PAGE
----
Johannes Vermeer, The Lacemaker, 1769 - 1770. Oil on canvas.
Best Practices | Finding Visual Resources | Managing Images
| Citing Resources |Getting Permission | Further Reading
This guide will help you ethically use visual resources; specifically those created by cultural institutions (museums, galleries, archives and libraries). Although we might be familiar with copyright when working with text-based materials, visual resources offer their own challenges.
For general information on intellectual property consult the Library's Intellectual Property guide, which covers copyright, fair use, permissions and citations. The content of this guide is not intended to provide legal advice.
The short video below provides a great overview to these issues as well.
Video: Elsa Loftis, Copyright and Fair Use, from Lynda.com
Principles for Analytic Writing:
"In their analytic writing about art, scholars and other writers (and, by extension, their publishers) may invoke fair use to quote, excerpt, or reproduce copyrighted works, subject to certain limitations:"
- Use only those images, or portions of images, that illustrate your point
- The use of the image should be secondary to the point it intends to illustrate
- The size and resolution of the image should be only as large as is required to illustrate your point
- Extra consideration should be taken when using reproductions of born-digital works in a online environment
- One should strive toward the most accurate representations of the original work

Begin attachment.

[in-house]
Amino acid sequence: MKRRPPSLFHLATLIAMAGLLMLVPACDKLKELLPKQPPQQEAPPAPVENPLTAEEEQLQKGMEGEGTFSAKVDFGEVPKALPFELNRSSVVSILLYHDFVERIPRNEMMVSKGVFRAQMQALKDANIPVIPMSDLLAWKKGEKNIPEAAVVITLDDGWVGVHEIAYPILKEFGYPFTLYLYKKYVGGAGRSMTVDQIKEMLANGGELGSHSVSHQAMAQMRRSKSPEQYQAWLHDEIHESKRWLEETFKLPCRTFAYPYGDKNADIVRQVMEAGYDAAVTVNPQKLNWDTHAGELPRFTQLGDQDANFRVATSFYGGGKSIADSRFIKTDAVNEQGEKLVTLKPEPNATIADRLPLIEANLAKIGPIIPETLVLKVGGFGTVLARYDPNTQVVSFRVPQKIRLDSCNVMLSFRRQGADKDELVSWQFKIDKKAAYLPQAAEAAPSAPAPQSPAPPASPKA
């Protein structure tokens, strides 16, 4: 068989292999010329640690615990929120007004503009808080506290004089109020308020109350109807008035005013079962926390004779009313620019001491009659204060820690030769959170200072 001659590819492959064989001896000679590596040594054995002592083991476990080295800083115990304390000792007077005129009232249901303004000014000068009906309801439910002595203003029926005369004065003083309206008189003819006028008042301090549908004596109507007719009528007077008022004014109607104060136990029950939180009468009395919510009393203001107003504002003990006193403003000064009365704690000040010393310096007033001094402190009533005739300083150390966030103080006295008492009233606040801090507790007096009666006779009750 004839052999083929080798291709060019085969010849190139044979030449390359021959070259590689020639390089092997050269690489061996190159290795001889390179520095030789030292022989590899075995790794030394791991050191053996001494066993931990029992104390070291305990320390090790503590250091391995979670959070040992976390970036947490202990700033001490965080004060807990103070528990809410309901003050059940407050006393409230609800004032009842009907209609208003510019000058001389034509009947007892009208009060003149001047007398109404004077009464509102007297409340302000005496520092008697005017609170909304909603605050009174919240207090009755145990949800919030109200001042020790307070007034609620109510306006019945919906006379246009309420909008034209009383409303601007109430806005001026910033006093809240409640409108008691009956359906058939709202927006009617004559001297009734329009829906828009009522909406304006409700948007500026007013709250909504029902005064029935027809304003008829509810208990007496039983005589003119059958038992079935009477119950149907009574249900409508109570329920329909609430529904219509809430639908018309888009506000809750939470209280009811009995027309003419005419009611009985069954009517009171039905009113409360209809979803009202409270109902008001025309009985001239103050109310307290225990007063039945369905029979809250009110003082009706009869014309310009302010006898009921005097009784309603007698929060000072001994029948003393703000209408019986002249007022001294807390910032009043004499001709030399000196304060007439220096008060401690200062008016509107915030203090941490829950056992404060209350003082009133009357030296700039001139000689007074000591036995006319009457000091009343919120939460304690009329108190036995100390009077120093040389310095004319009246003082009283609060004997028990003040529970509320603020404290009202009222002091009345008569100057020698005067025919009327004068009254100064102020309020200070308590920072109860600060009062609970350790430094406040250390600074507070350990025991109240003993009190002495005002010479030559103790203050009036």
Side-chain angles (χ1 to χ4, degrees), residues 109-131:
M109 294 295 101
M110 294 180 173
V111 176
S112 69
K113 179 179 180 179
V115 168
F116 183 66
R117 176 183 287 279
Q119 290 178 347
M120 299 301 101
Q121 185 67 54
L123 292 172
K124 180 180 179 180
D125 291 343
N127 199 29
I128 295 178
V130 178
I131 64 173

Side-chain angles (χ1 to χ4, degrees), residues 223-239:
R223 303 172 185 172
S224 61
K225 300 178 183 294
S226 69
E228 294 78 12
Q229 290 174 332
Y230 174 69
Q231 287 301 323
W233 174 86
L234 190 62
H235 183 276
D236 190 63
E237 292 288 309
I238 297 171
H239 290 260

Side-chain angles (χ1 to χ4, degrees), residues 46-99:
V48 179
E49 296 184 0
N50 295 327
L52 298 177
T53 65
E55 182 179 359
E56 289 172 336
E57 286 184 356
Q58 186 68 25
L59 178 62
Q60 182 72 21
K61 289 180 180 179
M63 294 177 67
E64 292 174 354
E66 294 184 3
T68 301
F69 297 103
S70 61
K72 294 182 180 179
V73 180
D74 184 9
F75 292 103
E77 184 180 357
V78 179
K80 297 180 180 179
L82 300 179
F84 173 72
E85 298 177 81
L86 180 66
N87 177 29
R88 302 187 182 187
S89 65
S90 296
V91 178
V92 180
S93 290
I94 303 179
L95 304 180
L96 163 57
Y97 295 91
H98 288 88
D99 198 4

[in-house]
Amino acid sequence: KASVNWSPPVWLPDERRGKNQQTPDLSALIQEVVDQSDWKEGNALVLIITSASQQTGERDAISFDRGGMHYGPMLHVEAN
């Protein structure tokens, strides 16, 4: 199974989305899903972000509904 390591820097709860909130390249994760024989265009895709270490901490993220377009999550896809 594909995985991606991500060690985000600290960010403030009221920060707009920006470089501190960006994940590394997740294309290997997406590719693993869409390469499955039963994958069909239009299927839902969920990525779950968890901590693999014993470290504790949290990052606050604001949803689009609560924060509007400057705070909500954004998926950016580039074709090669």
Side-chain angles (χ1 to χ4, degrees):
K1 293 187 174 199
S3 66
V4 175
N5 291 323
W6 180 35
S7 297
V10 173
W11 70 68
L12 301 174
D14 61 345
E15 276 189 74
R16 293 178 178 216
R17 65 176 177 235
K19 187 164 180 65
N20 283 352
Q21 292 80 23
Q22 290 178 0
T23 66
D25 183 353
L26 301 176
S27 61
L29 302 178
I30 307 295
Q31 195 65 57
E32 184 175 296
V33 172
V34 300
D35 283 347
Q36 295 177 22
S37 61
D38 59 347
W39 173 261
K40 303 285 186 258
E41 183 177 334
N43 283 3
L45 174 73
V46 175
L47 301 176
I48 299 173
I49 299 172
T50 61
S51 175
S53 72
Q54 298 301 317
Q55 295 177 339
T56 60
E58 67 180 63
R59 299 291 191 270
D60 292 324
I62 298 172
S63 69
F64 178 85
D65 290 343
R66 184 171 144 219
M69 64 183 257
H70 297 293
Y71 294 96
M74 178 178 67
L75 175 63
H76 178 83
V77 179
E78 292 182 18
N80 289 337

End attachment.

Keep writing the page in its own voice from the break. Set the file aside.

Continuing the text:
- One should provide attribution of the original work, and the location where the reproduction was acquired
The best place to find an images of a particular work of art is the institution that owns or cares for that work. Cultural institutions, like galleries, libraries, archives, and museums offer the most accurate citation information, including who owns the rights to the original and its reproductions. In addition, trusted aggrigators like Artstor can offer high resolution public domain images with reliable citation information.
Video: Elsa Loftis, "Visual Resources" from Lynda.com
Great sites for finding public domain or images that are free for scholarly use:
- The Metropolitan Museum of Art offers license- and cost-free access to high-quality images of works of art in the public domain, for both scholarly and commercial use through its 2017 Open Access intiative. These images are downloadable in high resolution from the museum's website, and are labeled "Public Domain" in their Collections database. The Metropolitan Museum's Open Access policy offers more information about the program.